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Postby Creative » Sun Oct 19, 2008 3:16 pm

I hope I didn't sound like I was critisising people with down's syndrome as that wasn't my itention. I was just interested in the issue.

I know of someone with learning difficulties who got a full time job in Morrisons as soon as he left school. I wouldn't have been able to get any full time job when I left school.
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Postby parnassus » Sun Oct 19, 2008 10:02 pm

Creative wrote:I hope I didn't sound like I was critisising people with down's syndrome as that wasn't my itention. I was just interested in the issue.

I know of someone with learning difficulties who got a full time job in Morrisons as soon as he left school. I wouldn't have been able to get any full time job when I left school.


I know that you didn't mean to criticise people with Down's Syndrome, Creative. However, I do think that you're placing a little too much faith in anecdotal evidence. Just because one person with learning difficulties is able to get a full-time job in Morrison's as soon as he leaves school and somebody with Down's Syndrome works part-time in John Lewis doesn't mean that all or even most people with similar difficulties find it similarly easy to get work. The employment rate for people with learning disabilities in this country is 26%. That is a very low figure.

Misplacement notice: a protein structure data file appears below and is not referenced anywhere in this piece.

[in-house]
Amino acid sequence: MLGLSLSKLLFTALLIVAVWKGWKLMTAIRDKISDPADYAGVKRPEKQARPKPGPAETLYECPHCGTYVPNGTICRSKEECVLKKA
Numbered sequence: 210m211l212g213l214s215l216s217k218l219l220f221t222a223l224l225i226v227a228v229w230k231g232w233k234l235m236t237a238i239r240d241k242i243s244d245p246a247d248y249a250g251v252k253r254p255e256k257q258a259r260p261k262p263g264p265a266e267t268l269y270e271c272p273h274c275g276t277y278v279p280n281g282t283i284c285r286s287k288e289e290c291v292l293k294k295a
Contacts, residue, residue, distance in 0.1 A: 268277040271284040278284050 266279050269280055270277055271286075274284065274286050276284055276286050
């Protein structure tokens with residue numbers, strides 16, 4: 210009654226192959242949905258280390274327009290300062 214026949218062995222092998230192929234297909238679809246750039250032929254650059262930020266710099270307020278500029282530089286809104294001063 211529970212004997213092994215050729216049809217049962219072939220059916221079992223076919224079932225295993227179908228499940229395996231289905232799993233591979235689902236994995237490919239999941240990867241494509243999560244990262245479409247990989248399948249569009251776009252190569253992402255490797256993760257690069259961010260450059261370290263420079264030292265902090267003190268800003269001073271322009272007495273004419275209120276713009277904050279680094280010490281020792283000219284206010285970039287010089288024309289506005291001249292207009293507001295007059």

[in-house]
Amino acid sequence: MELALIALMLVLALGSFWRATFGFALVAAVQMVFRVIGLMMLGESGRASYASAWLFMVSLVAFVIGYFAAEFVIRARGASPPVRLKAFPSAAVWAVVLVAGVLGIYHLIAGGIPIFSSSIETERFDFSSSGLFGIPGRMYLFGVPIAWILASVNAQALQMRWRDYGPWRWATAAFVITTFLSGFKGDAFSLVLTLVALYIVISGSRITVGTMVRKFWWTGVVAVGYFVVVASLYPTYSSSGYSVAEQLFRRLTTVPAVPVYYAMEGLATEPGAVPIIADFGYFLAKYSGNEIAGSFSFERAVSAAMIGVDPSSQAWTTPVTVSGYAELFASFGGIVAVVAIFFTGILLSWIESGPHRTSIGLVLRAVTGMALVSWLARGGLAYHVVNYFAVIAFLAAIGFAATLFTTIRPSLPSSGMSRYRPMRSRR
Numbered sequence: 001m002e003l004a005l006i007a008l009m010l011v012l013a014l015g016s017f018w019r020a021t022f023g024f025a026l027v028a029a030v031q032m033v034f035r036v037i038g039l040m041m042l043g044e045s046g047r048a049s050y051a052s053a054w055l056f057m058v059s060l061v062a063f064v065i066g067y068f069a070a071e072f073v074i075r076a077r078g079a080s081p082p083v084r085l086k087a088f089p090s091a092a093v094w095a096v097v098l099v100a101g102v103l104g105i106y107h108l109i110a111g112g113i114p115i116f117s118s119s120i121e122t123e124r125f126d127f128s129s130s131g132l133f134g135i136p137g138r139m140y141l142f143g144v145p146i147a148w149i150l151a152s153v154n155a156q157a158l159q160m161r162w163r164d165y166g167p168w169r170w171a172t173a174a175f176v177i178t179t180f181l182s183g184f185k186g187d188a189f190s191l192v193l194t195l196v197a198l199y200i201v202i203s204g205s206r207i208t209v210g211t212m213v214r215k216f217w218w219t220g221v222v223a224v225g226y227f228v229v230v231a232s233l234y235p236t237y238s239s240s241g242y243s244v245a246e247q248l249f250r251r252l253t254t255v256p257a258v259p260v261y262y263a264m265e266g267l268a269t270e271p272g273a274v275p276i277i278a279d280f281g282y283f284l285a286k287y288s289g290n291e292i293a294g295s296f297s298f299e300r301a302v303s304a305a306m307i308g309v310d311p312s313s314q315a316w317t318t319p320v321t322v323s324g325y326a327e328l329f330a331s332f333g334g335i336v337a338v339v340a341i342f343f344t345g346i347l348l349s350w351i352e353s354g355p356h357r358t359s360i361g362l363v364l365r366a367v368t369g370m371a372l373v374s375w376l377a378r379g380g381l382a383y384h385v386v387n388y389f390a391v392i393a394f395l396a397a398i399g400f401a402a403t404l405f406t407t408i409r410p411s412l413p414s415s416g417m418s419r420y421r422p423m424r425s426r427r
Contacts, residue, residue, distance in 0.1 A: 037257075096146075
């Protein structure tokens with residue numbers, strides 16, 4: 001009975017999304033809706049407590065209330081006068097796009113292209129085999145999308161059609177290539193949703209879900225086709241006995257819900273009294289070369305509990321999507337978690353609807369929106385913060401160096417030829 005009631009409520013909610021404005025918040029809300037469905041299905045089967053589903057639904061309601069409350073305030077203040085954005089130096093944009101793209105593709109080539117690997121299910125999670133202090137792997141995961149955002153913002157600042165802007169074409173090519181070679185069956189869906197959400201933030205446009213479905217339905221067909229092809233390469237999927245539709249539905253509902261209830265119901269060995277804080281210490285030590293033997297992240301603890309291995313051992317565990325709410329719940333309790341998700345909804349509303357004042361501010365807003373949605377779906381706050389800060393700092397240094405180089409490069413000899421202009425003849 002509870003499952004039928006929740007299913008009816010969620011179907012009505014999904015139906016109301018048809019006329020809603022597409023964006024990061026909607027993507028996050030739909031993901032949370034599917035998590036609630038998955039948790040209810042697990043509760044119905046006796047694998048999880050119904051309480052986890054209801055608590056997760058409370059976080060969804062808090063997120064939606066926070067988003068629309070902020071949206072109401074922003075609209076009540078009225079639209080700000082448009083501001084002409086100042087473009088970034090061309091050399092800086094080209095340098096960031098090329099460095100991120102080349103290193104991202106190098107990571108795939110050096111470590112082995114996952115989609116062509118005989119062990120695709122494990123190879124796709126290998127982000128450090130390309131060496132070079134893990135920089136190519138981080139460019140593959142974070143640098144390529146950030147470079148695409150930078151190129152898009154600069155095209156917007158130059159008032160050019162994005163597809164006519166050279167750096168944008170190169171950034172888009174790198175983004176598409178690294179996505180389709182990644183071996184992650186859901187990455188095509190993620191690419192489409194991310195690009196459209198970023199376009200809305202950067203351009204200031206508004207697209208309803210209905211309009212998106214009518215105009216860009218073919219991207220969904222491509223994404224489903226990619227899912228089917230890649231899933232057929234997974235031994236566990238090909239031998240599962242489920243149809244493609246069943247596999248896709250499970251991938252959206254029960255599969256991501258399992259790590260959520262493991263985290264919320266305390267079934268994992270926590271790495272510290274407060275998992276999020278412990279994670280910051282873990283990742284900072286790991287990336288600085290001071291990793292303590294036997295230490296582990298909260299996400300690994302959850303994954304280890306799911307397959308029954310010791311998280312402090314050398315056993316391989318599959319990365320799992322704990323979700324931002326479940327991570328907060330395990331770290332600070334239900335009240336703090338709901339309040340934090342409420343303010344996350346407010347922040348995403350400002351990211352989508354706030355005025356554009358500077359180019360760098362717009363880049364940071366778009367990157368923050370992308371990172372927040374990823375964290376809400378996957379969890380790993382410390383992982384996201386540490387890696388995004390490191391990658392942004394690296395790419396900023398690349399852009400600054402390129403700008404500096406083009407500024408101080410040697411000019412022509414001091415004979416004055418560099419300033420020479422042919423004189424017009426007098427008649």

From what you have said previously, your inability to go straight into employment after school was due to your fragile mental health. Mental health difficulties do make it much harder for people to get into work, irrespective of whether they have a disability or not.
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Postby Creative » Mon Oct 20, 2008 2:52 pm

Yes that is true that my mental health difficuties meant I couldn't get a job at age 16. However I may not have had these problems quite so severly if the school had been more supportive of my dyspraxia.
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Postby parnassus » Tue Oct 21, 2008 1:37 pm

Dyspraxia probably did contribute significantly to your mental health difficulties, which led to your not being able to get a job when you left school. But while it is possible to link the two, there is no direct causal relationship between dyspraxia and mental health problems. Because of this, there is no guarantee that all (or even most) dyspraxic people will develop mental health problems that will make finding work harder for them than if they had learning disabilities. It seems as though you are trying to construct a kind of this-is-the-house-that-Jack-built scenario that is logically impossible to sustain. It also doesn't take into account the fact that people with learning disabilities can develop mental health problems too. They're not an exclusively dyspraxic preserve.

I know that finding work can be a very difficult and upsetting process for people with SpLDs. I certainly don't mean to trivialise your own problems in this area. However, I don't think that we have any grounds for saying that dyspraxic people have more difficulties with getting a job than people with learning disabilities.